Don’t Lose Sleep Over It

Are there some decisions you may be contemplating or worrying about when you should be sleeping?

  • Slow down or jump back in with both feet?
  • Sell the business or close the doors?
  • Sell to a third party or to your children?
  • Retire now or in ten years?
  • Take more time off and control less or double down?
  • Hire a general manager or take on a partner?
  • Grow the business, maintain status quo, or downsize?

There is no secret formula for making these decisions. No one-size-fits-all solution. No simple way of coming to a confident conclusion. It depends on a number of factors:

  1. Is your business profitable, breaking even or losing money?
  2. Are you in a business that is growing and sustainable or one that is being diminished by government policies, tariffs, a shrinking market, or disruptive technology?
  3. Is your business evolving and hard to predict, traditional and flat, or old and shrinking?
  4. Do you have a unique product or service that people want? Is it hard to sell or do you have customers lining up at your door?
  5. Do you have employees and managers who are responsible, proactive and committed? Can you go on vacation without worrying about what will happen while you’re gone?
  6. Do you have suppliers, including banks that will support you through a transition? Should you consult them on how they will respond to a change of ownership?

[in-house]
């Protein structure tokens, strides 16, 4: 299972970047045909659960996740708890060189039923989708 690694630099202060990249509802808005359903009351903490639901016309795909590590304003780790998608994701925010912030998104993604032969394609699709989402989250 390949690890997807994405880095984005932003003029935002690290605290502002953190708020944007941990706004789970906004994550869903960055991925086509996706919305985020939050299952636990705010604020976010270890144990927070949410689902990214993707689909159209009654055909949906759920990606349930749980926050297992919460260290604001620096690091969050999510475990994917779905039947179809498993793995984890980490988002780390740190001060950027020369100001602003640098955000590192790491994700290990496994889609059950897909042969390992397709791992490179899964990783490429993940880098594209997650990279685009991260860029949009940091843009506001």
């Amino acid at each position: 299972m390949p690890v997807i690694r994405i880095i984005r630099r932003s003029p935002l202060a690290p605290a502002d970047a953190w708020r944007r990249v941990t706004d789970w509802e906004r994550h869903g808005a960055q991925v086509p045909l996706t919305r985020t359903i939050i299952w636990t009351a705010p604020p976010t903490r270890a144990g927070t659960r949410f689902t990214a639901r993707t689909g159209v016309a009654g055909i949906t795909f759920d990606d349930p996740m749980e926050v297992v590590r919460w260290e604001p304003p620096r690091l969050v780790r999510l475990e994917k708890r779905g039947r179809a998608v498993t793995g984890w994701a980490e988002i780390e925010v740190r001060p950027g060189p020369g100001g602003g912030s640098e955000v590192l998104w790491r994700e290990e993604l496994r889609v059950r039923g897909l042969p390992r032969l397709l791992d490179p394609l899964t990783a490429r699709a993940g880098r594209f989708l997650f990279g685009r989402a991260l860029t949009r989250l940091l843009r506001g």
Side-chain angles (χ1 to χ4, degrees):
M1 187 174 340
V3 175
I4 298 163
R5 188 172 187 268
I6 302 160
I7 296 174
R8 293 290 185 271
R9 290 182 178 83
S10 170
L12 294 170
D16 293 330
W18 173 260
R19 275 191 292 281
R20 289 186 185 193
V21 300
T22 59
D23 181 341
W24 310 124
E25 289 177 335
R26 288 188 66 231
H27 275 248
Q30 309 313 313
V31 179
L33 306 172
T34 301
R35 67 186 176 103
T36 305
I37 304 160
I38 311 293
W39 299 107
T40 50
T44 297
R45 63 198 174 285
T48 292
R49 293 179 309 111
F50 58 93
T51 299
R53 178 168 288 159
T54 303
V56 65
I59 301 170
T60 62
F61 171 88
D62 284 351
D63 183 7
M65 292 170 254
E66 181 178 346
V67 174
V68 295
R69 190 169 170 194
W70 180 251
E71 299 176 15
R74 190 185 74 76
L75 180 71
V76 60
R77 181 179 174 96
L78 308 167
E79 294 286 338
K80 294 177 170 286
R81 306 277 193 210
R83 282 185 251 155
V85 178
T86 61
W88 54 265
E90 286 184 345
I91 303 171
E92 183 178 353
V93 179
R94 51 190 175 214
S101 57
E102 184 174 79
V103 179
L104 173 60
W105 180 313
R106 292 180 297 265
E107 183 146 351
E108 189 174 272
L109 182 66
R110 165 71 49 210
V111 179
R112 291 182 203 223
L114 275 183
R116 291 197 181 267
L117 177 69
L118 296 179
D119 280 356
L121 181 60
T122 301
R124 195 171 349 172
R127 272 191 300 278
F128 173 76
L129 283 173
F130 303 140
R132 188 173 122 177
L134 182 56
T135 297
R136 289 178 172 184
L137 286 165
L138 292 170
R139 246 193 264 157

7. Do you have a good mix of customers – none of whom make up more than 30% of your business?
  8. Do your children have the interest and skills necessary to take over the business?

While there may be hundreds of questions that help clear the fog, only a few will be important for you as you make your decision. Do you know what they are? Some unearth logical, objective, factual information and others clarify the emotional tugs.

The questions that uncover emotional responses can be heavy. They may overpower the logic; you recognize that your decision doesn’t make sense but you still want to do it anyway! Get those questions on the table so you can examine the decisions in the clear light of day.

If you have trouble coming up with the questions or developing honest answers, you might consider working with a coach – someone who can ask those tough questions and encourage you to consider them from many angles. Reviewing those decisions with the help of experts makes it much easier to come to the right conclusion.

September 1, 2018

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